If the MC is keeping a big secret of some kind, there are certain things I expect to see, as a reader (or viewer, in the case of movies). The secret in question has to be BIG, meaning it's a vital part of the main plot. Better yet would be that it IS the plot. For example, the MC pretends to be someone she isn't, for whatever reason that serves her purpose in the story conflict.
Secrets are highly effective way to create tension and conflict, and personally they're one of my most favorite story elements.
If you're writing a story like this, here are some things to keep in mind regarding structure. The main turning points will show how the secret evolves during the course of the story.
Please note: the following is a general guideline that can be applied to any genre. Seriously. Anything. Sci-fi, fantasy, contemporary, romance, historical, thriller... It's the details of your story that will make it unique. Don't fear the standardization of a specific structure. It keeps the plot woven tightly together and focused, and delivers your readers' expectations.
Opening -- MC's life before the secret
Catalyst -- MC presented with a secret she can keep that might help her
Debate -- MC weighs the options and decides keeping the secret is a good idea
Act Two, first half -- MC's immediate benefits from keeping the secret
Midpoint -- MC realizes, despite the benefits, there is damage being caused by keeping the secret, either externally, internally (guilt), or both; realizes she made a mistake in keeping the secret, but feels she's "in too deep" now to change it; MC may also realize that she can't keep this going forever...
Act Two, second half -- MC's secret inadvertently discovered by a supporting character (either on her side or on the antagonist's side), but not the main person the MC is keeping the secret from; damage caused becomes more prevalent, and compounded by the other character knowing things she shouldn't; the MC may try several times to reveal the secret on her own, but can't get herself to do it, or things keep preventing her from doing it
All Is Lost -- MC's secret somehow revealed to the main person, or group, she was keeping the secret from, in the worst possible way; MC now feels completely out of control of her own fate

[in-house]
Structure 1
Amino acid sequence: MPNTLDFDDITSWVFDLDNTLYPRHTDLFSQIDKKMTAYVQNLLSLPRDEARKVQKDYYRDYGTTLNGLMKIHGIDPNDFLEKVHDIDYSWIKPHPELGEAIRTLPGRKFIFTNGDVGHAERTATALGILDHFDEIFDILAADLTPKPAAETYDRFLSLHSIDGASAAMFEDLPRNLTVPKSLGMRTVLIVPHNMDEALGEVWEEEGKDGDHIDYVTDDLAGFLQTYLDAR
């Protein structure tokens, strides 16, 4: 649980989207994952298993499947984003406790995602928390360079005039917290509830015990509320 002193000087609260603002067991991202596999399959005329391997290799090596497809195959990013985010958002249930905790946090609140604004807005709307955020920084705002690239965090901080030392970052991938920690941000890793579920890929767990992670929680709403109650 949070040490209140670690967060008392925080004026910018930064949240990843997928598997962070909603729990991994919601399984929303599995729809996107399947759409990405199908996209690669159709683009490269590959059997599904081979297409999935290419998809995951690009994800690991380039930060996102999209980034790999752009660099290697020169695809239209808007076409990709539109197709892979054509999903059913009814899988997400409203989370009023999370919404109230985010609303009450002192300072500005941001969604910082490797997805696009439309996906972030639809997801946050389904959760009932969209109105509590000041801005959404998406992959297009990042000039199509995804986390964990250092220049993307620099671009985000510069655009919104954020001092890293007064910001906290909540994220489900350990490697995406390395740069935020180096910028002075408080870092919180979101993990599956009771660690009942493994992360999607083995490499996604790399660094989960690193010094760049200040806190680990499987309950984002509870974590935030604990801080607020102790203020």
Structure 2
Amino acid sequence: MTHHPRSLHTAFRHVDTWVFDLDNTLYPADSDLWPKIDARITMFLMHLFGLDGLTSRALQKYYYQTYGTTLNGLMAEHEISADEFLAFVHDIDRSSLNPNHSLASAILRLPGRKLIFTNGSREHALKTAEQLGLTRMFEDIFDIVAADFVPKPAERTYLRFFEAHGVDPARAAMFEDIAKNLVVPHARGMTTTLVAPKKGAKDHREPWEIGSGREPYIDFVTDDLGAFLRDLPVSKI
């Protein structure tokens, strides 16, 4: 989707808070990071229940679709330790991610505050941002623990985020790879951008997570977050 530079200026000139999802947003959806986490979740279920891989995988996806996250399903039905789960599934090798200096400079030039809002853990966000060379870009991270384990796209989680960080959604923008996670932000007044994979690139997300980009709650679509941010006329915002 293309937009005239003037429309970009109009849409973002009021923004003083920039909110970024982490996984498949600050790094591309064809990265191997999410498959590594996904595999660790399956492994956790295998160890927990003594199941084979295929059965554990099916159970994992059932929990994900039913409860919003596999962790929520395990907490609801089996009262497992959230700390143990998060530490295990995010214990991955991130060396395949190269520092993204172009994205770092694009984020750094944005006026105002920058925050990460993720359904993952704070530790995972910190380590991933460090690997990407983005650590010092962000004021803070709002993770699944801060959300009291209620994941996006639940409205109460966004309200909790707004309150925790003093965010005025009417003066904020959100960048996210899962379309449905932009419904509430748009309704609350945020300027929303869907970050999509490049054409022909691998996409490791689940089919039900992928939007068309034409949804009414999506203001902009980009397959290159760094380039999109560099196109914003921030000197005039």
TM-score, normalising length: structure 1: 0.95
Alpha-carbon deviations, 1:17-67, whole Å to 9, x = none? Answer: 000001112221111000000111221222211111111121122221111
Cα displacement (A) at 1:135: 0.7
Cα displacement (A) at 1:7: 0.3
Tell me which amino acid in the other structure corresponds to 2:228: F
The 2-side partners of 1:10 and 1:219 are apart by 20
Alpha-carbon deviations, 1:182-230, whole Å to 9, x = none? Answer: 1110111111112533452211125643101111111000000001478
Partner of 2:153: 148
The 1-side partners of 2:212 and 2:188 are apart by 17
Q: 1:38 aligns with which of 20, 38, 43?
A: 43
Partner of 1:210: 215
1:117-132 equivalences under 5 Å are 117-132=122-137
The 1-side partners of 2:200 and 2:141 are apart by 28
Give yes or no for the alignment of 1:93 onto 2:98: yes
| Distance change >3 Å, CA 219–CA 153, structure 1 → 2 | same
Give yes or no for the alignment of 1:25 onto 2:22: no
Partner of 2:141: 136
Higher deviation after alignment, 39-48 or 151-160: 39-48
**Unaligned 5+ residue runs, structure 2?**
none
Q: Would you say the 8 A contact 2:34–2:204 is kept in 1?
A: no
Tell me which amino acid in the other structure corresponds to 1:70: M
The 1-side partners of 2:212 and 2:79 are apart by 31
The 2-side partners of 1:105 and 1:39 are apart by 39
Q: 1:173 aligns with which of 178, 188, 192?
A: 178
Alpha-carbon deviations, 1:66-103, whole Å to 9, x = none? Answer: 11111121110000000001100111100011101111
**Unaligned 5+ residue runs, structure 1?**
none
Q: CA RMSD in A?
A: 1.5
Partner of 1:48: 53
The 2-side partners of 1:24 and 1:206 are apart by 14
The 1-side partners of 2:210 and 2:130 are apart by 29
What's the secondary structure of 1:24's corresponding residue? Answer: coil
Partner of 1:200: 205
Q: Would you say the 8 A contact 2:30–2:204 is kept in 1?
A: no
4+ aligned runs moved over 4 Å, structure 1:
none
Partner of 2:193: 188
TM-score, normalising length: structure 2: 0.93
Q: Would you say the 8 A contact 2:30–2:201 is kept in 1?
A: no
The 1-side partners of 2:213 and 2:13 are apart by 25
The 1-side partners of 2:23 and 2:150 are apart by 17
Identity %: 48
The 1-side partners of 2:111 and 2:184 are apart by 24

I want to stop here for a moment because the All Is Lost moment is so vital in this type of story, and I've seen it done poorly too many times.
This is the most important part of the post:
If your MC is keeping a big, bad secret from someone, the absolute worst thing that can happen, in her eyes, is to have that person discover her secret. And the longer she's been keeping the secret, the more painful it is upon the other person discovering it, for both of them. So to have a strongly effective All Is Lost moment in the Secret Plot, this is when the secret must be revealed to the exact person (or group) the MC does NOT want to know about it.
By doing so, your MC will be understandably thrust into the depression of the Dark Night of the Soul that results in making a firm decision to fix everything. That won't happen believably if you don't have your Big Reveal at the right moment, and then your entire ending falls flat.
Please trust me, as a reader. These are my favorite types of stories to read, but if the Big Reveal isn't in the right place, I may just throw your book against the wall. It's that frustrating.
Dark Night of the Soul -- MC realizes just how badly she f*cked up, but with the burden of the secret no longer weighing on her she can now make a plan to fix it all
Act Three/Finale -- MC fixes the very problem she herself created in the beginning
Ta da! Easy peasy lemony squeezy.
Can you think of any stories that follow the structure of the Secret Plot? There are SO many. I'd like to see which ones stood out to you!